• Get plenty of sleep.  Aim for 10 hours.  See how you do with different amounts of sleep.  Find your happy spot and aim for that or more every night.
  • Try to get some naps in! I am not a napper, but if I am feeling tired, I will try to take a nap.
  • Don’t overdo it with activities and exhaust yourself. But, that doesn’t mean do nothing.  Try to stay active and if you can, get in some exercise.  Just take a short walk!
  • Prioritize your activities.  Figure out what you have to do that day that is important. Put your energy towards that activity or event and let the rest go if you don’t have the energy to do anything else.  Be flexible and don’t be hard on yourself if you aren’t able to get everything done that you would have liked.  Do it another time.  Let it be.
  • Eat real food.  Eat foods that are going to give you energy and not bog you down.  Vegetables, fruits, protein. Real, simple food.  Drink plenty of water to stay hydrated. Don’t rely on caffeine or other stimulants.  They aren’t going to help in the long run, and you’ll only end up crashing later on.
  • Communicate with your loved ones when you are feeling tired.  Try not to complain but just explain that you are tired, and that you are doing the best you can with what energy you have.

Try not to feel overwhelmed.  Do what you can and just let the rest of it go.

Get some sleep!

Your Life with Lupus

A lot has been thrown at you.  You hear all kinds of terms thrown around. You may still be in shock. Your life has taken a drastic turn. Your doctor just told you that you have an autoimmune disease.

You have lupus.

What do you do now?

There are important things you can do… right now!!


Whenever something unexpected comes up in my life, I like to have a plan of action. There are a ton of resources on the web, but I would like to tell you what helped ME.

  1. Find a second opinion. Even if just to ease your mind.
  2. Find a doctor you feel you can trust, and who knows what they are talking about. This is your health that is on the line, and you need to be able to work with your team of doctors to get the best help you can.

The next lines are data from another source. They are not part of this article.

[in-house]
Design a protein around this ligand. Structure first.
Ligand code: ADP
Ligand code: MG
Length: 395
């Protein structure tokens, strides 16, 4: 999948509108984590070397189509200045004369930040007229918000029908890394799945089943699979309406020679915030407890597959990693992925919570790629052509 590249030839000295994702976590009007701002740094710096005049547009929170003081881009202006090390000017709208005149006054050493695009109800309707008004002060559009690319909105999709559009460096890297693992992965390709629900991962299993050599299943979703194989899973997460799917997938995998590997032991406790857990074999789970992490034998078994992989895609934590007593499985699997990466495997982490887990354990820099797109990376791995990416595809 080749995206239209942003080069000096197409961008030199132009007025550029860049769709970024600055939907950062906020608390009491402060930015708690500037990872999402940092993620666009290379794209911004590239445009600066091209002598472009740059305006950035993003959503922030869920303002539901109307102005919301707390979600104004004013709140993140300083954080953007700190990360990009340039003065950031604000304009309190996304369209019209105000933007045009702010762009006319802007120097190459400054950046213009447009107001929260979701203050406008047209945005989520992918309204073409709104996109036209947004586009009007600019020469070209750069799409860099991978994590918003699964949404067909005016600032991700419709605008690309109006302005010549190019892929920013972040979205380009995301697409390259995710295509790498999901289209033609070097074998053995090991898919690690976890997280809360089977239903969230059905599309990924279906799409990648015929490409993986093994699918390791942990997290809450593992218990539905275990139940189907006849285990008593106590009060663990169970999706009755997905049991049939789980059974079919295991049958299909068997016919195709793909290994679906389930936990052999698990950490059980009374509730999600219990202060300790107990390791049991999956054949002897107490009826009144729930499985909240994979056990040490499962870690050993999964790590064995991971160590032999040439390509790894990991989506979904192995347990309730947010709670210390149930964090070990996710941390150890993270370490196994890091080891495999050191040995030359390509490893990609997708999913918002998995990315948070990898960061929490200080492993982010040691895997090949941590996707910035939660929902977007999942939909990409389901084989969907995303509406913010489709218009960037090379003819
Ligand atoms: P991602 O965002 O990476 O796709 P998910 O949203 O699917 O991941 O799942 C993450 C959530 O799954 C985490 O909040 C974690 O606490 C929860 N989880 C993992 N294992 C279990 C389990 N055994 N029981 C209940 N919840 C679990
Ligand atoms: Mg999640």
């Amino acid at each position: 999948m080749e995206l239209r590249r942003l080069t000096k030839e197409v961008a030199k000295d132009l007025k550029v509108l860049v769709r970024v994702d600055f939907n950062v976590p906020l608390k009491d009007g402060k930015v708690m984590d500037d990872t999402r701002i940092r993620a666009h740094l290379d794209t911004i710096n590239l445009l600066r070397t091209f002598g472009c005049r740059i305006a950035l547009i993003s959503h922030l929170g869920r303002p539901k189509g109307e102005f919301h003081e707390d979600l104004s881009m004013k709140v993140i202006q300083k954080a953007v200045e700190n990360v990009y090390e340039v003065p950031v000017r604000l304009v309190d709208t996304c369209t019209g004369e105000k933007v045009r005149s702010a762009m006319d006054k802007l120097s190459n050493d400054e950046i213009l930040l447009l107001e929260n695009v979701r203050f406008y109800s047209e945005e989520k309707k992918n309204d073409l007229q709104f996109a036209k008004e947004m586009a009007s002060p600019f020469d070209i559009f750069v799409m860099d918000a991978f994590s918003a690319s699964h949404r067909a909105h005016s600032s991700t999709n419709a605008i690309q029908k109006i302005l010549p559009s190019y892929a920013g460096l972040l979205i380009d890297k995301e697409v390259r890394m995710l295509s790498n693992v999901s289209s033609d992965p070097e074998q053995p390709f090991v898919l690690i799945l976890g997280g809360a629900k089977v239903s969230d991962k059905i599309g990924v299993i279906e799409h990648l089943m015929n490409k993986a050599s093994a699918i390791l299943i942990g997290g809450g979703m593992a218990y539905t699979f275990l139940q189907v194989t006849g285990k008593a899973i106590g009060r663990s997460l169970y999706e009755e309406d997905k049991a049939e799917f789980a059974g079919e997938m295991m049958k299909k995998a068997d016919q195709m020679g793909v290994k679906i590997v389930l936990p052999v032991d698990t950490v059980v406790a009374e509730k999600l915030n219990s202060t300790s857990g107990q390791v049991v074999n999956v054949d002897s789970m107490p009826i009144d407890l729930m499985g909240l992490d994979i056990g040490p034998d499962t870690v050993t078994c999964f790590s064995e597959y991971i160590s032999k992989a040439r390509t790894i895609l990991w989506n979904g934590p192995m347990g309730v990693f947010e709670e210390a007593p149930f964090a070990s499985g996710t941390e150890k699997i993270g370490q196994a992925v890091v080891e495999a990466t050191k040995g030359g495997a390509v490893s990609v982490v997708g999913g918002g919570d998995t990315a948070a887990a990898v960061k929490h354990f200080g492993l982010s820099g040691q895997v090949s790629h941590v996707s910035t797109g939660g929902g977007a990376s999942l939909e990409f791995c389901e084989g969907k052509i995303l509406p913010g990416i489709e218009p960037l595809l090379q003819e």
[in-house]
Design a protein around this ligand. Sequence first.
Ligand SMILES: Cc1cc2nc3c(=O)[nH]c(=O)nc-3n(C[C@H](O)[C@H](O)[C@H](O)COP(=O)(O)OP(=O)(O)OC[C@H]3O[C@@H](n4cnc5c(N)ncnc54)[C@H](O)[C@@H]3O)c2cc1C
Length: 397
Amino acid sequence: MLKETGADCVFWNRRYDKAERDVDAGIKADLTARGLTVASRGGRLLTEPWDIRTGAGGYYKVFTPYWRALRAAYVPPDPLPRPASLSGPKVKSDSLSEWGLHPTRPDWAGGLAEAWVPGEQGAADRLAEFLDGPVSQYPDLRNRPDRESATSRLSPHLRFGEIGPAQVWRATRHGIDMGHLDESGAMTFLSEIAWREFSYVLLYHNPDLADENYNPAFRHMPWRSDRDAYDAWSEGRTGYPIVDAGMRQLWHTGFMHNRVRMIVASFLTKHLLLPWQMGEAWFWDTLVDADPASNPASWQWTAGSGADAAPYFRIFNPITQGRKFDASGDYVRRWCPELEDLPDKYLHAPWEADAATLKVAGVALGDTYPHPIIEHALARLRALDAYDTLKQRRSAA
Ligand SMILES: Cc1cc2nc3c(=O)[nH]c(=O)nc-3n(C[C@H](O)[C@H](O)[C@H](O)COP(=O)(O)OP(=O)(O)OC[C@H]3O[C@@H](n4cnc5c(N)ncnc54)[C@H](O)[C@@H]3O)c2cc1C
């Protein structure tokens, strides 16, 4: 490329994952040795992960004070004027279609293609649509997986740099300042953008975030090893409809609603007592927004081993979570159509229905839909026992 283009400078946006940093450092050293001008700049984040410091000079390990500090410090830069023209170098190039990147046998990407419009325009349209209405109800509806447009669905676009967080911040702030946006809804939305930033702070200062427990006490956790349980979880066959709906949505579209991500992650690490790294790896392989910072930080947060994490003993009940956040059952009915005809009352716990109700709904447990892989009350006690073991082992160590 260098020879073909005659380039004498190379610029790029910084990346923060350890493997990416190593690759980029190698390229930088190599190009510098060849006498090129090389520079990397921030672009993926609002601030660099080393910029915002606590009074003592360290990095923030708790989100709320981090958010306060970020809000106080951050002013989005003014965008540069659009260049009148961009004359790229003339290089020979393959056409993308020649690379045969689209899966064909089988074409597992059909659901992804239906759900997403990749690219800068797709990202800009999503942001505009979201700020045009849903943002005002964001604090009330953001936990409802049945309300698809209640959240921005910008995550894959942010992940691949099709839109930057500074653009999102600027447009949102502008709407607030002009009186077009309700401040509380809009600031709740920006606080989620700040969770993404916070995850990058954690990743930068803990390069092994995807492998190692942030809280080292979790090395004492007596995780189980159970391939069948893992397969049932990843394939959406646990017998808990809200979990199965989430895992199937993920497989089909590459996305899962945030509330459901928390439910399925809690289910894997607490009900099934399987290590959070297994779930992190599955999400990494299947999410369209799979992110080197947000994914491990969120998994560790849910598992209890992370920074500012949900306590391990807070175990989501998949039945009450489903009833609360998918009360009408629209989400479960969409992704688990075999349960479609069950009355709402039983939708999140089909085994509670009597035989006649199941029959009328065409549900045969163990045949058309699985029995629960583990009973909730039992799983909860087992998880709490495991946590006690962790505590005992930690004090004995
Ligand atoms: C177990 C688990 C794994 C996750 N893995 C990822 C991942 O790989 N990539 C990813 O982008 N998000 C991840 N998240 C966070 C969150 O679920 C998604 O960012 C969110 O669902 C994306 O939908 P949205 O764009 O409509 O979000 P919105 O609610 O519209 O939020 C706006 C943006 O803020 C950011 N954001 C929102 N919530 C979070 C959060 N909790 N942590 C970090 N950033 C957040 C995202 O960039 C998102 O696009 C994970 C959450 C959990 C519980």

3. Educate yourself. Talk with your doctors first, and don’t be afraid to ask questions. Read respected resources on the internet. Find books at your library and online.
  4. Talk with your loved ones and ask for their support. Keep them updated and let them know how they can support you. Don’t be afraid to ask for help, or accept help that is offered. Share The Spoon Theory with them.
  5. Allow yourself to feel the different emotions you may feel… Anger, sadness, relief that you finally have a diagnosis. Your life may change in a lot of ways. Work through your feelings and try to learn to live with the person you are now.
  6. Prioritize your time and energy. Figure out what is important to do, and let the rest of it go if you’re tired. Don’t be afraid to say no!
  7. Find out what triggers your flares, and do your best to avoid those triggers.
  8. Get plenty of rest and eat properly. Your body needs fuel to create energy and to heal. Eat real food and aim for getting nutrients! Get rid of the junk!
  9. Keep moving. Mild to moderate exercise is best. Even if you only have the energy for a 5 minute walk, do what you can.
  10. De-stress as much as you can. Meditation, yoga, massages, relaxing baths, time with your family and friends… whatever helps to make you happy and lower your stress is great.
  11. Remember to be thankful and grateful for the life you do have. Don’t forget to give back. Giving can help to give your life purpose and meaning. It can help to make the bad times not as bad, and definitely give you more good in return.
  12. And last, but not least: stay positive. Having a negative mindset, and letting yourself get stressed out will just tax your body more. Stay positive and keep hope for your future. There is research being done about lupus. New treatments and breakthroughs are being made. You will find support and love. I promise there is hope for me and for you.

If you ever have any questions, feel free to send me an email! I am open and willing to answer anything I can help with, or together we can find the answers.